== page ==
Hebrew word-internal structure is complicated, and — depending on personal constitution — either immensely enjoyable or the ultimate barrier to learning Hebrew. Either way, it’s hard to ignore Hebrew’s rich word-internal structure, but sometimes translation demands that we do.
By way of further example, we can consider the Modern Hebrew word m’sukan. It is the passive of the active m’saken. The active means “endanger.” So word-internal structure points us to “endangered” for a translation of the passive. But that’s wrong. The word means “endangering.” In other words, the passive means almost the same thing as the active. “Dangerous” is the usual translation.
When I discussed energeo (responding to discussions by J.R. Daniel Kirk and on BBB — then BBB followed up, as did T.C. Robinson), one comment noted that I “miss[ed] the distinction between the active in Matthew 14:2, Galatians 3:5 etc. and the middle or passive in Galatians 5:6 and James 5:16.” I think we see from the discussion here that, while the active/passive/middle distinction is not to be ignored, neither can we rely on it to tell us what words mean. It’s possible (as we just saw in Modern Hebrew) for a passive form not simply to indicate the passive of what the active form indicates.
It seems to me that two lessons are important.
First, word-internal structure, while sometimes helpful and often fun, is an unreliable way to figure out what a word means.
Secondly, phrases are just like individual words in this regard.
So when we look at a word or a phrase, I think it’s important not just to look at its formal structure.
Last month, Bill Mounce, C. Michael Patton, and Clayboy all alluded to the issue of etymology, which is surely one of the biggest translation traps (and important enough that I devote considerable attention to it in my And God Said).
Etymology is really fun. Tracing a word’s winding history, seeing how meanings mutated, and learning about the legacy of long-dead meanings are engaging and entertaining ways to delve deeper into language. This is probably why people look to etymology to figure out what a word means, even in the face of overwhelming evidence that it doesn’t work.
As usual, we can start with some English examples to get a sense of things.
For example, people like to say that “commit” means to bundle your fate together with another’s, because, after all, “commit” comes from Latin that means “to put together.” It’s a lovely poetic thought (or not), but it’s not what “commit” means.
Similarly, “glamour” and “grammar” share an etymology, but that doesn’t mean that grammar is necessarily glamorous.
A third example comes from the English verb “to table,” which reflects the notion of sitting around a table at a meeting. But in America, “to table a motion” is to put the motion on the table where it won’t be seen until later; that is, it means “not to vote on.” By contrast, in England the phrase means to put the motion on the table in front of everyone, that is, “to vote on.” These two opposite meanings come from the same etymological source.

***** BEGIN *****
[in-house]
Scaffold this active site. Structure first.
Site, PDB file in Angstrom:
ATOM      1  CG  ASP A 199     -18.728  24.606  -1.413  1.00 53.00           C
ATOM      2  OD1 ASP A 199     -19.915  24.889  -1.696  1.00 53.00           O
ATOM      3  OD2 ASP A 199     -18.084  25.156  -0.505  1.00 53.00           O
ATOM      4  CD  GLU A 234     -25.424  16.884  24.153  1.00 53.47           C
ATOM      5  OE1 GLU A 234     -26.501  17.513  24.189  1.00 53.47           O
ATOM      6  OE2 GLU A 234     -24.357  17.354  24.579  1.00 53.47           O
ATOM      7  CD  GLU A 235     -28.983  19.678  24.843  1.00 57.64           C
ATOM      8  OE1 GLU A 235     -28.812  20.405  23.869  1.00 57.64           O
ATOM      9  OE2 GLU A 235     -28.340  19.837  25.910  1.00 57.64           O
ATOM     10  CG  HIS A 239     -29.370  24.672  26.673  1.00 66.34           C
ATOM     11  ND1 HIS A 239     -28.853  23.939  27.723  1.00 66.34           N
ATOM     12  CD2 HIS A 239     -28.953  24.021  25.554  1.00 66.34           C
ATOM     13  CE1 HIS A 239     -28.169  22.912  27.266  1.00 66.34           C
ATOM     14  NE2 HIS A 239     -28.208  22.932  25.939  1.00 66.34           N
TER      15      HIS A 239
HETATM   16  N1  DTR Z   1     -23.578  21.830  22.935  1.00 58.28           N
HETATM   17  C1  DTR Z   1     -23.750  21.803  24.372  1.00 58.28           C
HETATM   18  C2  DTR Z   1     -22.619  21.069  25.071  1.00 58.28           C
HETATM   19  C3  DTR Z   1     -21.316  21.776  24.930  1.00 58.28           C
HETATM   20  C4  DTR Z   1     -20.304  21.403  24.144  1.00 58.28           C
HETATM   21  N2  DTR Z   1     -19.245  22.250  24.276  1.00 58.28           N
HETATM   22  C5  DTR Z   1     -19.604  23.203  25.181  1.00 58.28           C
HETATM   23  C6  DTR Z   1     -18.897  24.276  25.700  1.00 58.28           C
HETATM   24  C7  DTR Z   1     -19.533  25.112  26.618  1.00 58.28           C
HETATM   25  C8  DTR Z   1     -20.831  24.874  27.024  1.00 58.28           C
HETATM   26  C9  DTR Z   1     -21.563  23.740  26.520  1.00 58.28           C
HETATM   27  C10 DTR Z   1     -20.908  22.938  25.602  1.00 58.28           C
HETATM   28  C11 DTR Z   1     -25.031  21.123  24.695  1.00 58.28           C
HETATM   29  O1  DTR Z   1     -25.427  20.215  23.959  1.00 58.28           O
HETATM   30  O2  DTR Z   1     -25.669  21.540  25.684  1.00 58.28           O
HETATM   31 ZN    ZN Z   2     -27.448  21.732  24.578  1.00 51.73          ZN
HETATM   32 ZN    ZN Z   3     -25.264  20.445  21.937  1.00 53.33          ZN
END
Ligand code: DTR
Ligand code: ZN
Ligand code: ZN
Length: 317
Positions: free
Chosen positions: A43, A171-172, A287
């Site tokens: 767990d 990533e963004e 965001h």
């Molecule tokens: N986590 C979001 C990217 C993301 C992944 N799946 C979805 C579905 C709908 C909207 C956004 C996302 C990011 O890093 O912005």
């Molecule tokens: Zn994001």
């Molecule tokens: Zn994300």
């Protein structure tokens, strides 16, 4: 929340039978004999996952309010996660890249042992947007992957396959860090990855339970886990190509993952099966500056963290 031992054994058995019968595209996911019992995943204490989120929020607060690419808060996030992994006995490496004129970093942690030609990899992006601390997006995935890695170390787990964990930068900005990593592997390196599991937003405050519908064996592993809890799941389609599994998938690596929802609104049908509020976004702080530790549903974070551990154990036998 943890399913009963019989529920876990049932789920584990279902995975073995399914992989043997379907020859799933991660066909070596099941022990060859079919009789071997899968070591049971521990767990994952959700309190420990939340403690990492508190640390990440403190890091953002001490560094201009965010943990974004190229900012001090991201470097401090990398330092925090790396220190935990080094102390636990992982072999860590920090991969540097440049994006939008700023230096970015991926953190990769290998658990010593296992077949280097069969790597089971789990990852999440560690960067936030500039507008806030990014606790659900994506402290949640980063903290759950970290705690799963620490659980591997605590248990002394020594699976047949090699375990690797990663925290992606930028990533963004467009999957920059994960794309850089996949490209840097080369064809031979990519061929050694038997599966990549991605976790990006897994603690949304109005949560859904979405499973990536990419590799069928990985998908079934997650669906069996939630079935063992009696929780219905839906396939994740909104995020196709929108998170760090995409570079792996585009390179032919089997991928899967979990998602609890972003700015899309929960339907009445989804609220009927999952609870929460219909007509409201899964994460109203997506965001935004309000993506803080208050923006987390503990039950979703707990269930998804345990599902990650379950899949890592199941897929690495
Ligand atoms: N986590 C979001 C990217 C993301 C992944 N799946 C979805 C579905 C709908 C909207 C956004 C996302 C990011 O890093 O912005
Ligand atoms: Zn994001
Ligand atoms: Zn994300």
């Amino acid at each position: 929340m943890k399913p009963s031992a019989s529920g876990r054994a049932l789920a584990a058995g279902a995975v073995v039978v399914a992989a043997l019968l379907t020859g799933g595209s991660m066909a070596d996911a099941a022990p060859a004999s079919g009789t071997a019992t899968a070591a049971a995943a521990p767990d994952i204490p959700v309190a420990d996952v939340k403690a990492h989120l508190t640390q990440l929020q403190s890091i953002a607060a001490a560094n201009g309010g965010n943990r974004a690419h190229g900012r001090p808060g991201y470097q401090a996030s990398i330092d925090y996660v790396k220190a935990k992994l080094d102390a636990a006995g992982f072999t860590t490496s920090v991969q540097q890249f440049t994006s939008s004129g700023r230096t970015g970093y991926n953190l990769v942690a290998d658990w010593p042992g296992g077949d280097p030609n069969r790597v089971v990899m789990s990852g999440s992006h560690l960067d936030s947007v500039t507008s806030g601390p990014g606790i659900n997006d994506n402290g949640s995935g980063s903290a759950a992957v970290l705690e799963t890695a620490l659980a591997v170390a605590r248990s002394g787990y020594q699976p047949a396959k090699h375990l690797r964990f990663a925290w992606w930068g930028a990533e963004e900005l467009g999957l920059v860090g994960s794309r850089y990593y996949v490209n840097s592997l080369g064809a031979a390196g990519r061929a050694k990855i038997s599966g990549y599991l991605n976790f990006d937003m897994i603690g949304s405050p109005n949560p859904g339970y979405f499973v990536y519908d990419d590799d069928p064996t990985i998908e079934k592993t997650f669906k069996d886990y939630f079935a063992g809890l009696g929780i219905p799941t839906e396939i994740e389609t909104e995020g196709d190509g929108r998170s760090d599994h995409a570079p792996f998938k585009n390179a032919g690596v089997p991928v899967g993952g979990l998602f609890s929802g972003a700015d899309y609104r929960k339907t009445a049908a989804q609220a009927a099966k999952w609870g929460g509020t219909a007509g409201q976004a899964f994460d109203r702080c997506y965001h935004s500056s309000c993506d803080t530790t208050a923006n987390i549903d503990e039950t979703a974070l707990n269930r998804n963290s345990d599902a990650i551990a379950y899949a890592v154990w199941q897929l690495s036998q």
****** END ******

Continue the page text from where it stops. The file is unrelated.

Hebrew and Greek
Hebrew and Greek work the same way as English in this regard, but still, at least one example seems in order. The root d.b.r gives us the words for davar (“thing”) and d’vorah (“bee”). The root may have originally been used for “speak,” and from there words based on it branched out, meaning (in the case of davar) “that which is spoken about” and (in the case of d’vorah) something that makes a buzzing sound not unlike speech.
But this doesn’t mean that bees in Hebrew are any different than in English. They don’t have a closer connection to speech than in English, for example. More generally, the perhaps interesting etymology does not tell us what the words mean.
The lesson is pretty clear: Don’t use etymology to figure out what a word means.
Finally (and this too is from And God Said), we can note that “in a lovely bit of irony that demonstrates our point, the word ‘etymology’ comes from the Greek for “true meaning.”
So the “true meaning” isn’t the meaning at all.
Mark 15:9 demonstrates how translation can make people forget their own grammar.
A curiosity of English generally prevents anything from appearing between a verb an its object. This is why “I saw yesterday Bill” is such an awkward sentence in English. (It’s fine in French, Modern and Biblical Hebrew, Greek, and many other languages.)
Yet for the Greek apoluso umin ton basilea tou Ioudaion the KJV, ESV, NAB, NIV, NJB, and NRSV all have some variant of, “[do you want me to] release for you the King of the Jews,” putting the phrase “for you” (sometimes “to you”) right between the verb and the object.
Simple English grammar demands, “…release the King of the Jews for you.”
I suppose what we see is a result of translators’ (unfortunate) desire to mimic the Greek word order combined with something about Bible translation that makes people temporarily forget what they ordinarily know instinctively.
The lesson this week is simple: When you write an English translation, try to write it in English.